Boeing YRB-29K Superfortress

Started by b29r, December 26, 2018, 09:55:55 AM

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Following the close of hostilities in August 1945, the USAAF recognized a need for a more advanced reconnaissance platform.  The new advances in radar technology would lend themselves well to the recon role.  To this end, 54 RB-29K aircraft were ordered to follow the close of standard B-29 production in May of 1946.  While still recognizable as part of the B-29 family, noticeable changes included the V-tail group and the tandem truck landing gear arrangement.  This landing gear change of course reconfigured the fuselage bomb bays, but made the inner wing nacelles and nose wheel bay available for ordnance and/or equipment.  In-flight refueling capability was another new feature made operational.

With the advent of the Korean War, elements of the 91st Strategic Reconnaissance Squadron were deployed to Itazuke Air Base in Japan to provide target mapping, weather reconnaissance, and post raid target evaluation.  The RB's were very successful in this role, and the new AN/APQ-21 search and AN/APQ-26 targeting radars made life very hazardous for Communist night fighter pilots.  RB-29 crews were credited with 21.5 kills without loss, earning the sobriquet of "D***ed Porcupine".

The RB-29's were also very active during the early Cold War years in monitoring Eastern Bloc and Soviet military activities.  Again, the RB's were able to do their job with total impunity, especially so as increasingly effective ECM equipment became available.  Less well known is their role of Hurricane Hunters using their AN/CPS-9 weather radar until more capable aircraft became available.

RB-29K's were still active in the early years of the Vietnam War in the weather recon and damage evaluation roles.  On several missions, they also served as pathfinders, locating and illuminating targets for strike aircraft.  But by this point in their career, they had reached the end of their useful lives, and following the crash and loss of two aircraft in theater, they were withdrawn and retired.  Sadly, no aircraft remain preserved today, and except for a few old pictures, little is left to remind us of their pioneering role in air reconnaissance.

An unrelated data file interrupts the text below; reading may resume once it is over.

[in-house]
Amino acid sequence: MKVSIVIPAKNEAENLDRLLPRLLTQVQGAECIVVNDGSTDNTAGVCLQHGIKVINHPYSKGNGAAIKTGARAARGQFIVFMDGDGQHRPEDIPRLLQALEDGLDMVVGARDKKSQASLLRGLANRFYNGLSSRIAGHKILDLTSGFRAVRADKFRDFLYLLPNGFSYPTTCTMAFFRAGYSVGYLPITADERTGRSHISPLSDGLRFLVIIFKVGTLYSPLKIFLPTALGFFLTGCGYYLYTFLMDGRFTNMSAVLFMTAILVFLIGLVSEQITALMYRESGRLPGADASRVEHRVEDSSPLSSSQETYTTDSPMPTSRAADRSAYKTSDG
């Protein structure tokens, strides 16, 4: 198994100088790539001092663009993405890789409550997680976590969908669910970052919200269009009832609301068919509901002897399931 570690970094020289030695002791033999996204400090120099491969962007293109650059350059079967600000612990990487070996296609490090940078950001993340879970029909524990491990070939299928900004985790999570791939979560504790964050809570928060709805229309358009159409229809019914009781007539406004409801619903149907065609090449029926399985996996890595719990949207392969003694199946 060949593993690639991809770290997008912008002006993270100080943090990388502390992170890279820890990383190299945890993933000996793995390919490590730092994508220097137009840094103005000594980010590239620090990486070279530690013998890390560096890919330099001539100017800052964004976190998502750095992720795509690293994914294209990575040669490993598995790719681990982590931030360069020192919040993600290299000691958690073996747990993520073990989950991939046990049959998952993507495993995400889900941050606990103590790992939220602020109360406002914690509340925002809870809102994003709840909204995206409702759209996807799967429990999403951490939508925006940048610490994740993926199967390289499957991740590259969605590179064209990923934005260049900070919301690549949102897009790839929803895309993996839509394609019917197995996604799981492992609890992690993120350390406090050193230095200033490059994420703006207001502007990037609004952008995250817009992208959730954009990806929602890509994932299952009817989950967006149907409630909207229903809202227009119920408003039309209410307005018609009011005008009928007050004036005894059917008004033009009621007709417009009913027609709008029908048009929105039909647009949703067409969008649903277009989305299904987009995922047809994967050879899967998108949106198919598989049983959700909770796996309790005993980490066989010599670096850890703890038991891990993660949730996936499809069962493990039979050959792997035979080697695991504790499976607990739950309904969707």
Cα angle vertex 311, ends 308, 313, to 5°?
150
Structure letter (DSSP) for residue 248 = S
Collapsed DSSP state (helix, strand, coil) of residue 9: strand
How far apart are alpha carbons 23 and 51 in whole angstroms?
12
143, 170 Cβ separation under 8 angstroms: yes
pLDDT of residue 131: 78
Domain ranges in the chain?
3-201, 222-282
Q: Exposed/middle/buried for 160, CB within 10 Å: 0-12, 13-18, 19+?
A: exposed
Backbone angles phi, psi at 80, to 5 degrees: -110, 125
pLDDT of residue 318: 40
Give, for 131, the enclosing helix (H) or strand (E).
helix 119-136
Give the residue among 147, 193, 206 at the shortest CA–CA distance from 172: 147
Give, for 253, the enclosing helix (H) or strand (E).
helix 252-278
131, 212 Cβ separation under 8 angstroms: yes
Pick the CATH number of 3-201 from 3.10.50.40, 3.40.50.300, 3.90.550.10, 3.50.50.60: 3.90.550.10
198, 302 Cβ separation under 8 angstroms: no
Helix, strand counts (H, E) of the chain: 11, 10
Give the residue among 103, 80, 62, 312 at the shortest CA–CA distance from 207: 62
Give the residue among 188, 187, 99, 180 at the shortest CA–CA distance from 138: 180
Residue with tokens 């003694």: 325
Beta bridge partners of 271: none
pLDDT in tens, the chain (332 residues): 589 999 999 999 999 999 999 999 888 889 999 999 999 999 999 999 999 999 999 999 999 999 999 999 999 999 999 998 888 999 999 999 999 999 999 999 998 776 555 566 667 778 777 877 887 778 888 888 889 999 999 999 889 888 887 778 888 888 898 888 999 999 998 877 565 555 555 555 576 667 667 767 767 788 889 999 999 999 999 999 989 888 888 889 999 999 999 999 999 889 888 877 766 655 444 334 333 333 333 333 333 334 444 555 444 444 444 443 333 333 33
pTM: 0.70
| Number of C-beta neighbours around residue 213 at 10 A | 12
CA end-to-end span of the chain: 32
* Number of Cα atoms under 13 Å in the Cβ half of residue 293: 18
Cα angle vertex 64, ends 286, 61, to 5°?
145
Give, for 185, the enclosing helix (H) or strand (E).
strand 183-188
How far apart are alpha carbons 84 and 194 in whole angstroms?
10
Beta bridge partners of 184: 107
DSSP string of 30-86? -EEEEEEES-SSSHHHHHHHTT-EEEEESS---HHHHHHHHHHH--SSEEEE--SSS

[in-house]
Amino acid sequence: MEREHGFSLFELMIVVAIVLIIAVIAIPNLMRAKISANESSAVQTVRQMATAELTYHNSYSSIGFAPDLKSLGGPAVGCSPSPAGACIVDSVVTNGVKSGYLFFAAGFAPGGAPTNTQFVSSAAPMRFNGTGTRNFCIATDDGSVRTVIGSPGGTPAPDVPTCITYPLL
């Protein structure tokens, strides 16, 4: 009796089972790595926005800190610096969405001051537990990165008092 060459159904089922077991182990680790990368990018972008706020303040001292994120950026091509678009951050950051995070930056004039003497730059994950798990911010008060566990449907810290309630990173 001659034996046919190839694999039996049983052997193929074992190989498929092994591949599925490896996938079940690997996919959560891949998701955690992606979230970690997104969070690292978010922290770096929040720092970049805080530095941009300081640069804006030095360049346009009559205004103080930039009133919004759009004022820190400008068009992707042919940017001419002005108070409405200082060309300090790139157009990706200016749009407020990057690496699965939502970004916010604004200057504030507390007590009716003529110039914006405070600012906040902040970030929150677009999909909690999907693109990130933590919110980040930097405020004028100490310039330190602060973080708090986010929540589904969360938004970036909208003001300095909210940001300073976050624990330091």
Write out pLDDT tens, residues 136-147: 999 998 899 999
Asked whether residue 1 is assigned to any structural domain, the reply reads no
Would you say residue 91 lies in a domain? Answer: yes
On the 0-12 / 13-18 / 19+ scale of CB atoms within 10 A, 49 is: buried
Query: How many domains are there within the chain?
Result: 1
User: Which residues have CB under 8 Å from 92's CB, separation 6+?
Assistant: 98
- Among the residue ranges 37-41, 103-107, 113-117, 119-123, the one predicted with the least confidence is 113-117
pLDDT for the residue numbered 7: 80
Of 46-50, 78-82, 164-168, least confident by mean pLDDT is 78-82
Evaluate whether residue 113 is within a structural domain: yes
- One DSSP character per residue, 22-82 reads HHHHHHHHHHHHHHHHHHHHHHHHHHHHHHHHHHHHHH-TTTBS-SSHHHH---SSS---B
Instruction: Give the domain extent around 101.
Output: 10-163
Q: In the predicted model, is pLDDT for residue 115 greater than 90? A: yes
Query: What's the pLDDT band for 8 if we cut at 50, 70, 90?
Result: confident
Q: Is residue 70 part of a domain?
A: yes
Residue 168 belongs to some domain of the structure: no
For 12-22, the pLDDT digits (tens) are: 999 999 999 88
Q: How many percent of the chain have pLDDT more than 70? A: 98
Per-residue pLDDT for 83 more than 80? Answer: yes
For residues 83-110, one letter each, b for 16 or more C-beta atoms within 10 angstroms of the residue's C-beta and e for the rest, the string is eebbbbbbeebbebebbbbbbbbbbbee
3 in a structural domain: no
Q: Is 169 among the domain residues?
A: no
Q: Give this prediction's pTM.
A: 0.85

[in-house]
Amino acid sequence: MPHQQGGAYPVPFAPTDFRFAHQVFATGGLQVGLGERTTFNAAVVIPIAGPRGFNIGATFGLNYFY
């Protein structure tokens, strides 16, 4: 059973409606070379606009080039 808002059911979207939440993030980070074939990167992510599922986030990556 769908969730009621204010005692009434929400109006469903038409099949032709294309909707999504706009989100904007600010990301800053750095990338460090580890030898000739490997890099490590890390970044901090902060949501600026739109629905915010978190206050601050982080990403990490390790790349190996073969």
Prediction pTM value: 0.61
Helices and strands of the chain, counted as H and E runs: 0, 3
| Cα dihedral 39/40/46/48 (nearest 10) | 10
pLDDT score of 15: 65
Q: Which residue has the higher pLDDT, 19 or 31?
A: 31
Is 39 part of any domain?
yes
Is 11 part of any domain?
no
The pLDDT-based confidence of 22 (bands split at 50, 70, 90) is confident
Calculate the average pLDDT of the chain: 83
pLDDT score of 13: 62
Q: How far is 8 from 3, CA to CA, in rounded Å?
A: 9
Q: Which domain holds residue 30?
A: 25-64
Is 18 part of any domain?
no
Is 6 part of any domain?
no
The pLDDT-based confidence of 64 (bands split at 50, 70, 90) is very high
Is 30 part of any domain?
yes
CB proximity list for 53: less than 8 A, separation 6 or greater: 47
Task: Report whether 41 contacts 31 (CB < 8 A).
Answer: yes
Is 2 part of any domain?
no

The old dog finally got finished up and into the books to close out 2018.  Wishing everyone the best for 2019  :thumbsup:

Best regards,



Quote from: b29r on December 26, 2018, 09:55:55 AM
The old dog finally got finished up and into the books to close out 2018.  Wishing everyone the best for 2019  :thumbsup:

Best regards,

You mean "Father of Old Dog"  :wacko:

Awesome work
The F-106- 26 December 1956 to 8 August 1988
Gone But Not Forgotten

QuoteOh are you from Wales ?? Do you know a fella named Jonah ?? He used to live in whales for a while.
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My dA page: Scooternjng


Great imagination and great execution.
" Somewhere, between half true, and completely crazy, is a rainbow of nice colours "
Tophe the Wise


that is too cool - I love this  :wub: :wub:
great execution on the paint job to.
Well done


Zac in NZ
#avgeek, modelbuilder, photographer, writer. Callsign: "HANDBAG"




- Can't be bothered to do the proper research and get it right.

Another ill conceived, lazily thought out, crudely executed and badly painted piece of half arsed what-if modelling muppetry from zenrat industries.

zenrat industries:  We're everywhere...for your convenience..



-Sprues McDuck-



Looks great! Some additional photos of the landing gear and outriggers would be appreciated.
Dave "Sandiego89"
Chesapeake, Virginia, USA

Rick Lowe


Thanks, guys, I appreciate it very much!  And perhaps it would be more correct to say "the Great Grandfather of the Old Dog"  ;D.

Dave:  Will see if I can get some underside shots, totally forgot to do that during the photo session  :-\

And thanks too, for the nomination  :thumbsup:  Wishing everyone a great 2019!


[the word "realistic" hurts my heart...]